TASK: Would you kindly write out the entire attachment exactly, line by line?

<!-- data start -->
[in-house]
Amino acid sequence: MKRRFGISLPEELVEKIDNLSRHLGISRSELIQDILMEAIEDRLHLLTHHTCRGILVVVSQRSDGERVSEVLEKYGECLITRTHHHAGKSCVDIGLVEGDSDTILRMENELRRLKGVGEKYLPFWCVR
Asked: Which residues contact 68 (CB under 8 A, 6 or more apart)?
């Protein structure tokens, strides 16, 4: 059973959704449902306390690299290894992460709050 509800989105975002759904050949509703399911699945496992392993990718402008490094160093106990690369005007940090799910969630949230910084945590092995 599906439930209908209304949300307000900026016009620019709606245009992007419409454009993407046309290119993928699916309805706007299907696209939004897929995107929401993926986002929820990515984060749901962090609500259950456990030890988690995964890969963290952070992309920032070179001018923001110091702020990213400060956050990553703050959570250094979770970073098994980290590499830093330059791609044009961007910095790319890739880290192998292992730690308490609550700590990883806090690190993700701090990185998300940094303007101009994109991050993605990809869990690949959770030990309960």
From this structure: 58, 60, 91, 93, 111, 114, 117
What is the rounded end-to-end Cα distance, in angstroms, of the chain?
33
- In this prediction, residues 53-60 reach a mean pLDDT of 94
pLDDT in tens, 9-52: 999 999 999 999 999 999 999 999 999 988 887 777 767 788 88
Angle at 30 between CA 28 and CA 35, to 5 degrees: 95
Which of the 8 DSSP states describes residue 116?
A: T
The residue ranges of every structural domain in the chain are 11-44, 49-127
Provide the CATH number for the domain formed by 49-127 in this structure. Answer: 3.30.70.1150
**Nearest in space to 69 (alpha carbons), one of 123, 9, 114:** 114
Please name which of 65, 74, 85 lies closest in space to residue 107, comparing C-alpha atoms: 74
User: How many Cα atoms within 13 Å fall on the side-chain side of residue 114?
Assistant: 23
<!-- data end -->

[in-house]
Amino acid sequence: MKRRFGISLPEELVEKIDNLSRHLGISRSELIQDILMEAIEDRLHLLTHHTCRGILVVVSQRSDGERVSEVLEKYGECLITRTHHHAGKSCVDIGLVEGDSDTILRMENELRRLKGVGEKYLPFWCVR
Asked: Which residues contact 68 (CB under 8 A, 6 or more apart)?
């Protein structure tokens, strides 16, 4: 059973959704449902306390690299290894992460709050 509800989105975002759904050949509703399911699945496992392993990718402008490094160093106990690369005007940090799910969630949230910084945590092995 599906439930209908209304949300307000900026016009620019709606245009992007419409454009993407046309290119993928699916309805706007299907696209939004897929995107929401993926986002929820990515984060749901962090609500259950456990030890988690995964890969963290952070992309920032070179001018923001110091702020990213400060956050990553703050959570250094979770970073098994980290590499830093330059791609044009961007910095790319890739880290192998292992730690308490609550700590990883806090690190993700701090990185998300940094303007101009994109991050993605990809869990690949959770030990309960």
From this structure: 58, 60, 91, 93, 111, 114, 117
What is the rounded end-to-end Cα distance, in angstroms, of the chain?
33
- In this prediction, residues 53-60 reach a mean pLDDT of 94
pLDDT in tens, 9-52: 999 999 999 999 999 999 999 999 999 988 887 777 767 788 88
Angle at 30 between CA 28 and CA 35, to 5 degrees: 95
Which of the 8 DSSP states describes residue 116?
A: T
The residue ranges of every structural domain in the chain are 11-44, 49-127
Provide the CATH number for the domain formed by 49-127 in this structure. Answer: 3.30.70.1150
**Nearest in space to 69 (alpha carbons), one of 123, 9, 114:** 114
Please name which of 65, 74, 85 lies closest in space to residue 107, comparing C-alpha atoms: 74
User: How many Cα atoms within 13 Å fall on the side-chain side of residue 114?
Assistant: 23